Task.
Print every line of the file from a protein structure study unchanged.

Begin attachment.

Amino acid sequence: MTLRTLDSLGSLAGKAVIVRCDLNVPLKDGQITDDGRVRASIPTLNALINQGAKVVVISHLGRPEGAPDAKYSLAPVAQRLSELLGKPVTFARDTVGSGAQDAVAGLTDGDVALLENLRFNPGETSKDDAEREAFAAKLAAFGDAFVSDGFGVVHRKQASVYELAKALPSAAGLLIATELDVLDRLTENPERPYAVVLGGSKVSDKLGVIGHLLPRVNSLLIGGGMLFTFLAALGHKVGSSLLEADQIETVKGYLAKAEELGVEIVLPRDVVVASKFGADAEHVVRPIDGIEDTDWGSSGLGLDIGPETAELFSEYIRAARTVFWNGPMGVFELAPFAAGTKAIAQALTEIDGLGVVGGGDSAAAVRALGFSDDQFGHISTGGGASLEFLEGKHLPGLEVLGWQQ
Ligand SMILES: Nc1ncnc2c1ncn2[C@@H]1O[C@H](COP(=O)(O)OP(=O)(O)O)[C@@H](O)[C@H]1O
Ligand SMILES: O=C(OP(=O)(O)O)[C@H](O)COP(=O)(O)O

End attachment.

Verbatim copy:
Amino acid sequence: MTLRTLDSLGSLAGKAVIVRCDLNVPLKDGQITDDGRVRASIPTLNALINQGAKVVVISHLGRPEGAPDAKYSLAPVAQRLSELLGKPVTFARDTVGSGAQDAVAGLTDGDVALLENLRFNPGETSKDDAEREAFAAKLAAFGDAFVSDGFGVVHRKQASVYELAKALPSAAGLLIATELDVLDRLTENPERPYAVVLGGSKVSDKLGVIGHLLPRVNSLLIGGGMLFTFLAALGHKVGSSLLEADQIETVKGYLAKAEELGVEIVLPRDVVVASKFGADAEHVVRPIDGIEDTDWGSSGLGLDIGPETAELFSEYIRAARTVFWNGPMGVFELAPFAAGTKAIAQALTEIDGLGVVGGGDSAAAVRALGFSDDQFGHISTGGGASLEFLEGKHLPGLEVLGWQQ
Ligand SMILES: Nc1ncnc2c1ncn2[C@@H]1O[C@H](COP(=O)(O)OP(=O)(O)O)[C@@H](O)[C@H]1O
Ligand SMILES: O=C(OP(=O)(O)O)[C@H](O)COP(=O)(O)O